Friday, 20 January 2012

Coriolanus (Ralph Fiennes, 2011) Review

They'll let me go if I never direct again. Ralph Fiennes in Coriolanus (2011)...

After several hours of intense brain-racking, note scribbling and screenshot browsing, I've come up with something good to say about Coriolanus, and it's this: Gerard Butler doesn't suck quite as hard as usual. Don't get me wrong, he blows more than a 24/7 brothel, but that's a considerable improvement when we consider efforts like The Ugly Truth (Luketic, 2009), which reaches levels of such excremental awfulness as to become a legitimate environmental concern. But that a not-quite-suicidally-bad Butler is the best thing about Ralph Fiennes directorial debut, a Balkans-set adaptation of Shakespeare's long-forgotten political epic, shouldn't really be taken as a note of recommendation. Allow me to elaborate...

A place calling itself Rome... is the turbulent backdrop for Coriolanus, a story of exile and revenge in which lauded soldier Caius Martius (Fiennes) is framed as an enemy of the people, outlawed, and forced to become an ally to his sworn enemy, the brooding Aufidius (Butler). That's a rather sweeping summary, and I should highlight that it is Martius' running for consul (despite his loathing of the "commoners") which allows slimy politicians Sicinius (James Nesbitt) and Brutus (Paul Jesson) to brainwash the people into revolt. Eventually the ex-solider rebrands himself Coriolanus and, joined with Aufidius, plans an assault on Rome. Also worth mentioning is Volumnia (Vanessa Redgrave), Martius' authoritative mother, who with full-blooded gristle acts as the film's most commanding force, fighting for her son until the very moment she must surrender herself to her knees, begging for his return.

Introducing Shakespeare's most talkative text by way of a firefight, John Logan's screenplay denies the audience any immediate form of character association, instead suggesting allegiance and motive through briefly-glimpsed news tableaus. Too quickly our (anti)hero is established as a dog of war - fierce and proud, primal and bloodied - and since no effort is made to investigate his personal relationships (Jessica Chastain, as Martius' wife Virgilia, is woefully underused), we're left with the hollow shell of a once complex character. The real problem here is Logan's loyalty to the source (Shakespeare's language is kept intact, save for one or two contemporary blemishes), as the Bard's iambic pentameter is broken down into bite-size exposition, hurrying through the poetry to guarantee a bum-friendly running time. But the narrative setups still feel protracted by the language, which works at direct odds with the accelerated action sequences.

The opening skirmish is a numbing sensory blowout, with Fiennes' employing hurried pans, quick-zooms and heightened sound design to immerse us into the 'reality' of conflict. But his second-rate vérité style - conceived alongside Hurt Locker DP Barry Ackroyd - is completely disorienting, falling somewhere between Green Zone (Greengrass, 2010) and Infinity Ward's Call Of Duty franchise. Nicolas Gaster's jagged editing is partly to blame for the geographical displacement, but Fiennes frequently (and inexplicably) obscures the action in close-up, never allowing us room to breathe or gain perspective with the opposing sides. I ask you this: if we can't place characters in a firefight, and gauge their distance from the enemy, how can the filmmaker possibly create tension? The battle climaxes as our rivals come stubble-to-stubble, wresting their way through a window and tussling for control of the blade that will slit the other's throat. But the brawl has no dramatic weight, for no drama has been established.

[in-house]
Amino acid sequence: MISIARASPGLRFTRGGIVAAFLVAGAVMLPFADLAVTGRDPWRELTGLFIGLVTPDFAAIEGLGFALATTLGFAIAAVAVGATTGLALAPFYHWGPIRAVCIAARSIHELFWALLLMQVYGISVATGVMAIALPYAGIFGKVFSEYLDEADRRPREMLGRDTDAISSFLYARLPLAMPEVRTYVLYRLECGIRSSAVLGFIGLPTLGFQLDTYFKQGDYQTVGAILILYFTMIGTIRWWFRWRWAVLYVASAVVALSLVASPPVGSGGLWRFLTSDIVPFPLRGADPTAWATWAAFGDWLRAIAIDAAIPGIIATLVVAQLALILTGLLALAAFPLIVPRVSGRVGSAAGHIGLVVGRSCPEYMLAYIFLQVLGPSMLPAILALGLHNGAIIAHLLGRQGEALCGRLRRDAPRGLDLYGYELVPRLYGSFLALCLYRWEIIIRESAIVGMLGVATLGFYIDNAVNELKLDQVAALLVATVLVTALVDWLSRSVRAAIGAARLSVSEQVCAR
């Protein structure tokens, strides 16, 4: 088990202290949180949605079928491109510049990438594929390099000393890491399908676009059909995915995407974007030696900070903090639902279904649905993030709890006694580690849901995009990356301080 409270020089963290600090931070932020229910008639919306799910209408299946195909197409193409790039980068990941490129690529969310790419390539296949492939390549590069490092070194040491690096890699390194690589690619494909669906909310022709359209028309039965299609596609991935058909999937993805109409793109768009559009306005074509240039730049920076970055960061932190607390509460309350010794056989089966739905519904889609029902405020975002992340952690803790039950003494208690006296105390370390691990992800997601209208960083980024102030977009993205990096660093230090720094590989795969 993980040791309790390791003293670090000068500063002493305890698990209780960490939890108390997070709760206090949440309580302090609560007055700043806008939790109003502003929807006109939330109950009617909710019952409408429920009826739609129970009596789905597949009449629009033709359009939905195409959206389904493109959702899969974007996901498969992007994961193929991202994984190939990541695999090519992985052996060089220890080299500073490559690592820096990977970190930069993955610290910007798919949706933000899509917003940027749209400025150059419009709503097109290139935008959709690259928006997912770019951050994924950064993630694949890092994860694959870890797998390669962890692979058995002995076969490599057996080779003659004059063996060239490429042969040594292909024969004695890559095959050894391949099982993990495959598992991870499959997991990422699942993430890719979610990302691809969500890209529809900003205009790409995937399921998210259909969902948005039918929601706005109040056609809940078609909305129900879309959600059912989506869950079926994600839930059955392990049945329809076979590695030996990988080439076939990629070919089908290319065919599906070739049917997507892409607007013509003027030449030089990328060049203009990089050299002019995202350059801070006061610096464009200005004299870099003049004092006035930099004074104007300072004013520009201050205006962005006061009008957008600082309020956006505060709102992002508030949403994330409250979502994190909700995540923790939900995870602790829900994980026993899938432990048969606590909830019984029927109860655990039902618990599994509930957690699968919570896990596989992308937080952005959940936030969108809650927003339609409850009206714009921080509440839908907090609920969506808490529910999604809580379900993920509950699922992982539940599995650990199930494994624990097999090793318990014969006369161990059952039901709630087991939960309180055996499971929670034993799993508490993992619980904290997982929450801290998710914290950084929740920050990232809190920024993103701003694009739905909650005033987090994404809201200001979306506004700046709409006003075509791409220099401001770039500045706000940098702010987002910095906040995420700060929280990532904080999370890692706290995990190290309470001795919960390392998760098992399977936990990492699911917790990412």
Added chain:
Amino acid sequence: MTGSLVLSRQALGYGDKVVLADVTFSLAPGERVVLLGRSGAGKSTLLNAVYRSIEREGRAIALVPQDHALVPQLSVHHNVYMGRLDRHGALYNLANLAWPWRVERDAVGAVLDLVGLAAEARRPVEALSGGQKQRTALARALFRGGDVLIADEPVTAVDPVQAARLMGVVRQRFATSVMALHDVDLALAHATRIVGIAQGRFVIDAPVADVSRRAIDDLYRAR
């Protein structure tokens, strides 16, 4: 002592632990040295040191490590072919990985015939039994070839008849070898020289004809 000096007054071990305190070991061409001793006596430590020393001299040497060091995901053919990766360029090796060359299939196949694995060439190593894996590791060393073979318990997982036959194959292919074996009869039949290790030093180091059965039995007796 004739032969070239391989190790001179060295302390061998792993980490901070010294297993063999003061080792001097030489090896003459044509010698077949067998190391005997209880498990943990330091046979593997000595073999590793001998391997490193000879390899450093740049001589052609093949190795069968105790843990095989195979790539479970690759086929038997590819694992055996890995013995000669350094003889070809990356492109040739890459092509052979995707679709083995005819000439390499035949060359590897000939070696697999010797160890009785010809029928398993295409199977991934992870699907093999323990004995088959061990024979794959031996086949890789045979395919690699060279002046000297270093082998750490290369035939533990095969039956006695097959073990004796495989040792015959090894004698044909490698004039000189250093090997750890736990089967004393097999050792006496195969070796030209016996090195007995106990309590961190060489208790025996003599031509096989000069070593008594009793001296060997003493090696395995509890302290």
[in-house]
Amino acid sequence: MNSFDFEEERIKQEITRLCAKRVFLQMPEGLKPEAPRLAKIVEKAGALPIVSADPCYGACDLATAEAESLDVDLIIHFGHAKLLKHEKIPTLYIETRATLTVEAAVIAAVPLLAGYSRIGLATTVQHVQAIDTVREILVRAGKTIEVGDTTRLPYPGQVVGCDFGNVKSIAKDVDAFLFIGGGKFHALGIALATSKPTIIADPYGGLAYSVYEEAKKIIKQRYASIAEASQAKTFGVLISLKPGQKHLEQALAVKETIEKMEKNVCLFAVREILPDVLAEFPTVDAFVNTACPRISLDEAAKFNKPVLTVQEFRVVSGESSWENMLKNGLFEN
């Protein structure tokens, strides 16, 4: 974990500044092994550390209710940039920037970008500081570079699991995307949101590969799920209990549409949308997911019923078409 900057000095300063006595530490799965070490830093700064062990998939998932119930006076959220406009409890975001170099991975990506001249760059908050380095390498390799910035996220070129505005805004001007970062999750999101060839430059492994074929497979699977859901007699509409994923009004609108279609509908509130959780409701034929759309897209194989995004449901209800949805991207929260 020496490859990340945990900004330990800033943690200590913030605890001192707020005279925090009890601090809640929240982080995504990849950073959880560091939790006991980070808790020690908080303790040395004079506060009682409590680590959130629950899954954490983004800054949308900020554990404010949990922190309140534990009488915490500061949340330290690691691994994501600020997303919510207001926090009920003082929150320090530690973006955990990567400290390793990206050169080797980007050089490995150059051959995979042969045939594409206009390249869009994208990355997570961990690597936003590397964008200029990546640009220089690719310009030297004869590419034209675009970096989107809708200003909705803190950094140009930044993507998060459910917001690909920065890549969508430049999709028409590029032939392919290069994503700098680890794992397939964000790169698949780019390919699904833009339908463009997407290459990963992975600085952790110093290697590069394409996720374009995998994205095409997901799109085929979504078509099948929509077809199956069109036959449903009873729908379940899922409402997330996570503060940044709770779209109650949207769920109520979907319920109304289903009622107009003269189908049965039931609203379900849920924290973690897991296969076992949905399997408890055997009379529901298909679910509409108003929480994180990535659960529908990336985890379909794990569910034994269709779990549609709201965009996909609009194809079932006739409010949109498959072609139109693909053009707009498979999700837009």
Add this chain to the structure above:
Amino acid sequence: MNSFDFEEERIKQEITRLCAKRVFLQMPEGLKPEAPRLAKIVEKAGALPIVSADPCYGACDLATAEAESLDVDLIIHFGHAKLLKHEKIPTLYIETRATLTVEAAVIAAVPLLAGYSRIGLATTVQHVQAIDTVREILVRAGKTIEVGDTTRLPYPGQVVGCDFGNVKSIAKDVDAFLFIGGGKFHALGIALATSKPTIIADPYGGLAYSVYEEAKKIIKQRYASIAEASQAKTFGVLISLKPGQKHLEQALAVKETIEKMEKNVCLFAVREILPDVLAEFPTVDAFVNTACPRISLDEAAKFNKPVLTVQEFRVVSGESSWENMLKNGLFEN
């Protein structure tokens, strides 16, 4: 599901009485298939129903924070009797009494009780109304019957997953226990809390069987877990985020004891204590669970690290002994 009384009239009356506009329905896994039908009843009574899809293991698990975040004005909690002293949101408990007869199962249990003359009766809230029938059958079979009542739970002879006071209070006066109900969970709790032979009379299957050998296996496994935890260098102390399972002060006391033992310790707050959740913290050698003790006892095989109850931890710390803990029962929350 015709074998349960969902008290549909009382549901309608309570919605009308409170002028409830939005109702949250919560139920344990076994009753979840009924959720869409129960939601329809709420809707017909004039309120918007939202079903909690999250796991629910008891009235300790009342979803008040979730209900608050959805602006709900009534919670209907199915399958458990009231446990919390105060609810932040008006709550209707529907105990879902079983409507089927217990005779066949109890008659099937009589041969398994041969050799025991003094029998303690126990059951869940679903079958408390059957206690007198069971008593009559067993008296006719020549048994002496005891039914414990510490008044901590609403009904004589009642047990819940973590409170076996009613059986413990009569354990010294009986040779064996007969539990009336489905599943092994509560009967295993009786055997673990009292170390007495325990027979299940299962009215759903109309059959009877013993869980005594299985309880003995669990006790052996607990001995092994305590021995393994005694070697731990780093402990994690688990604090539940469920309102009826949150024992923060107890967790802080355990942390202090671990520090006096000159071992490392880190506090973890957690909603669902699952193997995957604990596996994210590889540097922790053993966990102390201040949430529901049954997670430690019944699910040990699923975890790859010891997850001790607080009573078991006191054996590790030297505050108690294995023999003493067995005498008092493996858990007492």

From the frontlines of war Logan launches us into political rallies, courtrooms and news stations, but the shaky-cam aesthetic is retained for dialogue scenes which require static observation. Most speeches are framed in long takes, but these feel like such anomalies because Fiennes never establishes a rhythm for us to settle into. The same charge can be leveled against the film's smorgasbord of performances, none of which hit the right - or at least a consistent - tone. Fiennes and Redgrave are completely stage-bound, expressing every emotion in sweeping physical gestures and locked jawlines, bellowing their lines straight into the auditorium's heart. Juxtaposed against a performance like Chastain's, who finds a naturalistic tempo to aid the film's grounded realism, they just come off as hammy. Everyone tries their hardest, but the problem once again comes down to scripting - the Bard's language just feels awkward, with bold declarations such as "He is the devil!" coming off as laughably overwrought for the present-tense setting.

The worst offender is Fiennes himself, who has brought his Coriolanus straight from the Almeida boards. Gnarled veins, spittle-streaked fangs and his fearsomely furrowed brow converge into an expression of pure animosity at the film's climax, where the actor seems intent on destabilizing gravity. "BOY!" he wheezily regurgitates toward Aufidius, confusing him for the Boy Wizard. It's a depressing state of affairs that in this scene Butler is the commanding presence, engaging for his quietness and steely eyes. The more I think about it though, his performance is less a good quality of Coriolanus, and rather a marginally less shit one.

Coriolanus is in cinemas now.

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